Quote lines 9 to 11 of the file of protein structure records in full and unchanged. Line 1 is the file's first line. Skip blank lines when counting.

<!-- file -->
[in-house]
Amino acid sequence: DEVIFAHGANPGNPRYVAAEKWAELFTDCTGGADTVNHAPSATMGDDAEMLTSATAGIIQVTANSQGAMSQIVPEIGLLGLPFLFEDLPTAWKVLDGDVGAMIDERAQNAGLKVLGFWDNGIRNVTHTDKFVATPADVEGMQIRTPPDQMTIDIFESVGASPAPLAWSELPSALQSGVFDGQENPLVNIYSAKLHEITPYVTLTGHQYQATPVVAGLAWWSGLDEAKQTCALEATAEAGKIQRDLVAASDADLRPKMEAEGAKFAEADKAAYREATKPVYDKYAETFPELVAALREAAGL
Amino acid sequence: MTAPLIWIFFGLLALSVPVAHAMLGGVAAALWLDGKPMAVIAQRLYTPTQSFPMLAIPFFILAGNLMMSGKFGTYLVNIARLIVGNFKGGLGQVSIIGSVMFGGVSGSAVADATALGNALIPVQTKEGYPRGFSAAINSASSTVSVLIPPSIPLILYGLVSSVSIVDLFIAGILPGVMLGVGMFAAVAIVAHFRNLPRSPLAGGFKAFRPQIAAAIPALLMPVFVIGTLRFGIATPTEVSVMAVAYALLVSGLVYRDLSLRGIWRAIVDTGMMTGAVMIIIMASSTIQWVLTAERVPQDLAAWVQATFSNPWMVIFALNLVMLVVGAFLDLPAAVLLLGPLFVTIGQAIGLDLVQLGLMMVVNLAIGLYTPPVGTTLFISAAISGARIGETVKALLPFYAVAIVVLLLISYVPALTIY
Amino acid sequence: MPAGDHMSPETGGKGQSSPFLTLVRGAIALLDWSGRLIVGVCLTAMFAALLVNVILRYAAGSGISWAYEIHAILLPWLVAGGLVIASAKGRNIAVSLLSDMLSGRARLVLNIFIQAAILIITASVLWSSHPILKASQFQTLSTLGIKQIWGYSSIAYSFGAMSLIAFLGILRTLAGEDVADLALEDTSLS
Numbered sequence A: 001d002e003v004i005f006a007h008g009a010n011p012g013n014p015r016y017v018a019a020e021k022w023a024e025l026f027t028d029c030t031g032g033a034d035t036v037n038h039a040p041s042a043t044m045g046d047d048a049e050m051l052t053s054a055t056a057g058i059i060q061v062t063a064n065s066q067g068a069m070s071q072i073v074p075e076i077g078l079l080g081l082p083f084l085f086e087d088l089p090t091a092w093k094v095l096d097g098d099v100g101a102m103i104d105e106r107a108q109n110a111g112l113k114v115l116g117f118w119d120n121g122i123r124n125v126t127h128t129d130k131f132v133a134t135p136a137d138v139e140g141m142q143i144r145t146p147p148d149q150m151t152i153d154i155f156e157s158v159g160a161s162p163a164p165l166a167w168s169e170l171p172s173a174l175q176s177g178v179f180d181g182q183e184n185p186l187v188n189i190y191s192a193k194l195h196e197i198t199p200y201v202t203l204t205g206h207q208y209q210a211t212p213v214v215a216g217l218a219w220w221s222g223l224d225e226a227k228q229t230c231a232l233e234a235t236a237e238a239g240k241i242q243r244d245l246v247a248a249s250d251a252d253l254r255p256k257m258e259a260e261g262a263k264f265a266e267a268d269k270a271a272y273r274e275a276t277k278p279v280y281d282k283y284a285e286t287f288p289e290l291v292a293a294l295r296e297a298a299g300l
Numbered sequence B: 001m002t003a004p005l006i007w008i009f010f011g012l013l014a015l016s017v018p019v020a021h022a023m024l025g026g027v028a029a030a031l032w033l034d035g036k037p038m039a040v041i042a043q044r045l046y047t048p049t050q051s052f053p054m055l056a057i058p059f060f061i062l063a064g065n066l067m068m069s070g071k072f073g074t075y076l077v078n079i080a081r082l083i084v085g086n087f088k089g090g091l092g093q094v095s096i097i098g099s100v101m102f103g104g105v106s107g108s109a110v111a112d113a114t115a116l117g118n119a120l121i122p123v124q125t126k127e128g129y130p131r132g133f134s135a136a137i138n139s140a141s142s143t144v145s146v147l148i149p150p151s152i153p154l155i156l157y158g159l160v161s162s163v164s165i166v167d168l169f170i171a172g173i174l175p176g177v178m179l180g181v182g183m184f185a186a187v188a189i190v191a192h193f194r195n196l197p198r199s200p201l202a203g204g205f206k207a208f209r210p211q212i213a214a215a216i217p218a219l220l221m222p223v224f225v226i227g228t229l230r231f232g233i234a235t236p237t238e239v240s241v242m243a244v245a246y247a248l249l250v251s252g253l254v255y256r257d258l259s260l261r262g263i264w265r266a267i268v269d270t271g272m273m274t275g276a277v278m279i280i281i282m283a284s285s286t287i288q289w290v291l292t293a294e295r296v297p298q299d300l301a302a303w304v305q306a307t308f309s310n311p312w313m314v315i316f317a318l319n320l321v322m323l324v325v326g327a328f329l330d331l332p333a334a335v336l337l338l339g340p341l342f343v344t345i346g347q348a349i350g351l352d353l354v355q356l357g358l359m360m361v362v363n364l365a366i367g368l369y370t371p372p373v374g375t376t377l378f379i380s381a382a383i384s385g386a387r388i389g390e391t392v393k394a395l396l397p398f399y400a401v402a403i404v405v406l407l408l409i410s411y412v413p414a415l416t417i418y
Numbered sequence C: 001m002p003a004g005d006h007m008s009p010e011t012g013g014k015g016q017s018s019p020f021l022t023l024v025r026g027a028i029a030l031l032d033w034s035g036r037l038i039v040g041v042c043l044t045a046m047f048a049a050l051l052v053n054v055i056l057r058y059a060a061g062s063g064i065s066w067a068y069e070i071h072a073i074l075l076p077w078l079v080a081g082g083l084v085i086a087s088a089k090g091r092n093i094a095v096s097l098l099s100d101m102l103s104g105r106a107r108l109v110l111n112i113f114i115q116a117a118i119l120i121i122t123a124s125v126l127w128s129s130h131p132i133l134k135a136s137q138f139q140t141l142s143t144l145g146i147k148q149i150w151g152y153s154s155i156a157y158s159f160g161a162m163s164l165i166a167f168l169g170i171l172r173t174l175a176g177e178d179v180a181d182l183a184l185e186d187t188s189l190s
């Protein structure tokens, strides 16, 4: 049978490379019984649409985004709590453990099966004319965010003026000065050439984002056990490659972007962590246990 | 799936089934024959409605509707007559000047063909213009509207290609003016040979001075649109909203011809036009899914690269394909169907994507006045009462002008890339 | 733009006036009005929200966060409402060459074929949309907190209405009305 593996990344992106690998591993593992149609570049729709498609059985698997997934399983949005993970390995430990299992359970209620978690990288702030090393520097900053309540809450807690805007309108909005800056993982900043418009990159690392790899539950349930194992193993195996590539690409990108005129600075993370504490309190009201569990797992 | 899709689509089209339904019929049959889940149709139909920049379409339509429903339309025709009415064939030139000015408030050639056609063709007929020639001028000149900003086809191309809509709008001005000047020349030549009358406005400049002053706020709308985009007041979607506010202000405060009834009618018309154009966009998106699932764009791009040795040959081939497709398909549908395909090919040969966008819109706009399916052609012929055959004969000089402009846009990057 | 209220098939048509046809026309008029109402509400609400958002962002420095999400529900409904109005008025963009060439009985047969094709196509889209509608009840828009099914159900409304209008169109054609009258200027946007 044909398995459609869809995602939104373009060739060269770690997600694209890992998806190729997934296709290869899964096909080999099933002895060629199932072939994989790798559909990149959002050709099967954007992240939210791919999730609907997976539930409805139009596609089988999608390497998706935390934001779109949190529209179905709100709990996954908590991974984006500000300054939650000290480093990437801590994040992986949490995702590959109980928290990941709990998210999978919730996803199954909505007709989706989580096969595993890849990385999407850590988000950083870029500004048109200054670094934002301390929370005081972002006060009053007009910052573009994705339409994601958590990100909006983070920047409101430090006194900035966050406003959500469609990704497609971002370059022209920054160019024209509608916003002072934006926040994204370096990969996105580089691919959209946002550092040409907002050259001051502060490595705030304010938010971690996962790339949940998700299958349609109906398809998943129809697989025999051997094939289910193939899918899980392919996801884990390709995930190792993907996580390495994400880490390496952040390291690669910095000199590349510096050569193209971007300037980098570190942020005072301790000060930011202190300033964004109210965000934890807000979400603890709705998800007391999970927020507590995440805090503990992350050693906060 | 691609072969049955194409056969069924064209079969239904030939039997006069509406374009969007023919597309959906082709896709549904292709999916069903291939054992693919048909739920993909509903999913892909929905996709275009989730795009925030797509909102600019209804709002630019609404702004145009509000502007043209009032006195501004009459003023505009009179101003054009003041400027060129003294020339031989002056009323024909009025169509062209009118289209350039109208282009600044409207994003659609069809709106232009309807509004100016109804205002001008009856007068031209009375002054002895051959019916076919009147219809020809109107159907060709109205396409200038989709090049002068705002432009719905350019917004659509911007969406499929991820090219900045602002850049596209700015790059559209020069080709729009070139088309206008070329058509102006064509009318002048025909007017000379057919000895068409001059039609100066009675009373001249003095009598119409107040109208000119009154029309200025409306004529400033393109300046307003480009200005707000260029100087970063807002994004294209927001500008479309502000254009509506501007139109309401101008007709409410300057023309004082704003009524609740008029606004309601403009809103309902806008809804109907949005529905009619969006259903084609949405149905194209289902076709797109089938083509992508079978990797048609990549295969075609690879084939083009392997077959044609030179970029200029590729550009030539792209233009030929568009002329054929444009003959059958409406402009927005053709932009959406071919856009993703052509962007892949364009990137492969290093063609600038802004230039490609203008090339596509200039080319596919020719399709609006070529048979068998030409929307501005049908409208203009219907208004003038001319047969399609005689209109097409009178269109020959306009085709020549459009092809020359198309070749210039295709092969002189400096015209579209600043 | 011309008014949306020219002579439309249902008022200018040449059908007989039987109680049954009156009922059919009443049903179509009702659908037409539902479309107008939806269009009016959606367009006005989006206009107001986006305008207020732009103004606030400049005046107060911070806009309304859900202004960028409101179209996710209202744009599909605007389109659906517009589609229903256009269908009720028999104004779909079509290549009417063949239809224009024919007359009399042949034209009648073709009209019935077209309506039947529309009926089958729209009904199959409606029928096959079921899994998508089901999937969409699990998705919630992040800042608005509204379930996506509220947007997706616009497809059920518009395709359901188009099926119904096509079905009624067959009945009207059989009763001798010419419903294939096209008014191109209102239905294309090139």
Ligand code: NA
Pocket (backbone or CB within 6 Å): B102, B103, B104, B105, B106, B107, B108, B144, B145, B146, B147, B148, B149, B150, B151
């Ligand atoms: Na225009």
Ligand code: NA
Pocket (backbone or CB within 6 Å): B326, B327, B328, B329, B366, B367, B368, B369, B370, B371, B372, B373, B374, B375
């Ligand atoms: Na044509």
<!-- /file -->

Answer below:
Ligand code: NA
Pocket (backbone or CB within 6 Å): B102, B103, B104, B105, B106, B107, B108, B144, B145, B146, B147, B148, B149, B150, B151
């Ligand atoms: Na225009």